NZ judge to gunman: Life in jail without parole not enough for you

This article is more than 12 months old

CHRISTCHURCH: New Zealand mosque gunman Brenton Tarrant was sentenced to life in prison without parole yesterday for the massacre of 51 Muslim worshippers, with a judge calling his actions "wicked" and "inhuman".

Judge Cameron Mander said in the Wellington High Court yesterday that Tarrant's "warped" ideology and "base hatred" led the Australian white supremacist to murder defenceless men, women and children last year in New Zealand's worst terror attack.

"Your crimes are so wicked, that even if you are detained until you die it will not exhaust the requirements of punishment and denunciation," Judge Mander said as he announced a sentence that is a New Zealand legal first.

The judge solemnly read out the names of the 51 murdered in a livestreamed rampage and recounted in forensic detail how Tarrant, 29, executed the wounded as they pleaded for help on March 15 last year.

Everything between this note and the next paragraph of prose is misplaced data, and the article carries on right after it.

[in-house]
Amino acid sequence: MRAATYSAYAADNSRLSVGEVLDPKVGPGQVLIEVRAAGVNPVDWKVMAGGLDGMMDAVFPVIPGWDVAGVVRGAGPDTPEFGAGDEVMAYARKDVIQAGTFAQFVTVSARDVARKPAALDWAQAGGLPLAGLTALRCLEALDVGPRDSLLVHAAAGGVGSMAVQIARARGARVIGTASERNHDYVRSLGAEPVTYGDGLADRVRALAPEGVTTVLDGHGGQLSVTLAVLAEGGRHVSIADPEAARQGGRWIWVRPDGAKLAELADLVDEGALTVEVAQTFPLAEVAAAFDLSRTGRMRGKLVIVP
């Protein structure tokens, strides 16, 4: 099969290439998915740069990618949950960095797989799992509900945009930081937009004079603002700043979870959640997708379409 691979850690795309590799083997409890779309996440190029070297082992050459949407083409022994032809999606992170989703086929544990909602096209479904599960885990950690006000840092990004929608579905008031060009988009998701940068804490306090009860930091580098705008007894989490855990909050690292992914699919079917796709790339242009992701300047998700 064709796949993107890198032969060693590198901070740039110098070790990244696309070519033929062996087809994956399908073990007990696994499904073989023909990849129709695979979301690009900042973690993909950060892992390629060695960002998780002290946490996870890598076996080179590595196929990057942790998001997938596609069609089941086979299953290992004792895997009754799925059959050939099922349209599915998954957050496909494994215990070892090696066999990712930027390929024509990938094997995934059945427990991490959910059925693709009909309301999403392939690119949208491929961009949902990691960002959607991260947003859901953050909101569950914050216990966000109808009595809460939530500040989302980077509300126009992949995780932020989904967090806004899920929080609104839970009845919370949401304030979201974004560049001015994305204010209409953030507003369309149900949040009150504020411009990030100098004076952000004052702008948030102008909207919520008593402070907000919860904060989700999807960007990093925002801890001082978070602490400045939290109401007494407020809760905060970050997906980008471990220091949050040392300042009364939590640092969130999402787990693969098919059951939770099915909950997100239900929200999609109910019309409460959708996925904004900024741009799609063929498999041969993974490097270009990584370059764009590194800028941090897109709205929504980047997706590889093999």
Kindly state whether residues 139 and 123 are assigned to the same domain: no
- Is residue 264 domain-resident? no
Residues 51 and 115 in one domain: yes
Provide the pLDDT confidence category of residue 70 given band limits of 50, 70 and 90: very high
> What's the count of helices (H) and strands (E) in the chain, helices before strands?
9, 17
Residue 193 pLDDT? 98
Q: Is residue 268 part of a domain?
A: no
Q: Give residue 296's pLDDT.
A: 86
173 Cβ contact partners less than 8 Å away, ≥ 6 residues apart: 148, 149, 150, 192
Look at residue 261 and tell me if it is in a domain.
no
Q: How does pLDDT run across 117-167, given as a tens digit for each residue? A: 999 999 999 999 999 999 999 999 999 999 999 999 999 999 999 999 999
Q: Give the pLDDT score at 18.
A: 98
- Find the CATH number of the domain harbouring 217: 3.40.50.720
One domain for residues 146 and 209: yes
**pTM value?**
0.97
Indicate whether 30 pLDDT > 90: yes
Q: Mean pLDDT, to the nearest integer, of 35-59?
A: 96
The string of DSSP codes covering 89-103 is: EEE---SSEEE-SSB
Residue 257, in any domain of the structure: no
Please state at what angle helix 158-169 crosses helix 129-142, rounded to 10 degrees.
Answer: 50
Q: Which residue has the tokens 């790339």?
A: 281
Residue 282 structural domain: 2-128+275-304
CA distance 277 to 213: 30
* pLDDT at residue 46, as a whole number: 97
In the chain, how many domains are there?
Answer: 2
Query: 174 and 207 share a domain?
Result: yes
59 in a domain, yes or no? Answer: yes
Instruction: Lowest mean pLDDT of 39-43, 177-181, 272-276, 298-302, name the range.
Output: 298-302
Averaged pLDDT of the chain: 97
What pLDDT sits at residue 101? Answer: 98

"It was brutal and beyond callous. Your actions were inhuman," the judge said, pointing out that Tarrant deliberately attacked Friday prayers to maximise casualties.

Prime Minister Jacinda Ardern said she was relieved that "that person will never see the light of day".

"His deserves to be a lifetime of complete and utter silence," she said.

Born in the rural Australian town of Grafton, a six-hour drive north of Sydney, Tarrant worked as a gym instructor before arriving in New Zealand.

Only later did it emerge that Tarrant began amassing an arsenal of weapons soon after setting up home in Dunedin with the intention of carrying out the attacks.

An exceptional aspect of Tarrant's personality seems to be his susceptibility to online hate.

Increasingly isolated in the real world, Tarrant dwelt in extremist chat rooms, sharing racist memes and in-jokes with online acquaintances who encouraged his views.

Prosecutor Mark Zarifeh quoted from an interview prison authorities conducted with Tarrant in April, when he described his state of mind at the time of the attacks.

"He said he had a poisoned emotional state and was terribly unhappy," Mr Zarifeh said.

"He felt ostracised by society and wanted to damage society as an act of revenge." - AFP, REUTERS